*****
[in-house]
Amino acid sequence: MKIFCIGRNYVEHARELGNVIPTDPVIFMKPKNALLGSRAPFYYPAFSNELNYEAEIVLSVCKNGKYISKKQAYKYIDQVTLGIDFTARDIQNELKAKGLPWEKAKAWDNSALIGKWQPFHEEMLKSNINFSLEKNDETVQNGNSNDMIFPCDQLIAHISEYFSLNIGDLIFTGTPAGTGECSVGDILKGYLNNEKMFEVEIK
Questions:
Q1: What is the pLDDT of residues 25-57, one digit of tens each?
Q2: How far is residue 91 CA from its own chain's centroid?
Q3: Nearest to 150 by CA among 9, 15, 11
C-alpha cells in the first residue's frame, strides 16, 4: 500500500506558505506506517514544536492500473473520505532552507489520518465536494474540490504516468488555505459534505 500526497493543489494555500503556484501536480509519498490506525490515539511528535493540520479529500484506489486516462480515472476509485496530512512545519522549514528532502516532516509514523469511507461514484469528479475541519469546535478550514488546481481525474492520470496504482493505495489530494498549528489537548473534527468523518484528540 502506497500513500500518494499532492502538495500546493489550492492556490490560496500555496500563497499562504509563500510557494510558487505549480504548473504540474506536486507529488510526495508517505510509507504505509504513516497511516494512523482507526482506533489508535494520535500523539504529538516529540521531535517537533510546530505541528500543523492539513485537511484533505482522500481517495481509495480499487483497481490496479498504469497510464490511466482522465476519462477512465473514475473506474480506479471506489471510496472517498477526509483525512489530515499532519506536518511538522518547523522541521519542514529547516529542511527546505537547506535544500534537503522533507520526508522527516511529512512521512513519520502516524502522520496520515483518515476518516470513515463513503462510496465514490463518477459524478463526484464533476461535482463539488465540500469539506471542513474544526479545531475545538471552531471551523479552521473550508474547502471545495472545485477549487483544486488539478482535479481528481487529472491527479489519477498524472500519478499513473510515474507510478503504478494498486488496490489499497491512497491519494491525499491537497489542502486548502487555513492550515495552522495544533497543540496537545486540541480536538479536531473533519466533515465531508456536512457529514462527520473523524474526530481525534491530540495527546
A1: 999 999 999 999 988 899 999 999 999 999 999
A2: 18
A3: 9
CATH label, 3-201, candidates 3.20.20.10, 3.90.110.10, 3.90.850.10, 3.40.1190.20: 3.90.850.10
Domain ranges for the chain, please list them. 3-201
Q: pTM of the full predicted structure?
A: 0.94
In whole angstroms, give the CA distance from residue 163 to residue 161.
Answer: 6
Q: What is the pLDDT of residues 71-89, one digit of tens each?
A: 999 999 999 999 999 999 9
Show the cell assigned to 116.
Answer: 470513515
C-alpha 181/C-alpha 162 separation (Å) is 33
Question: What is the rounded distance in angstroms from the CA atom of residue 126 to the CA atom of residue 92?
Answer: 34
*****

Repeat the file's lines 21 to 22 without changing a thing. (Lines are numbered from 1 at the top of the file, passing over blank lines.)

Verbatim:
C-alpha 181/C-alpha 162 separation (Å) is 33
Question: What is the rounded distance in angstroms from the CA atom of residue 126 to the CA atom of residue 92?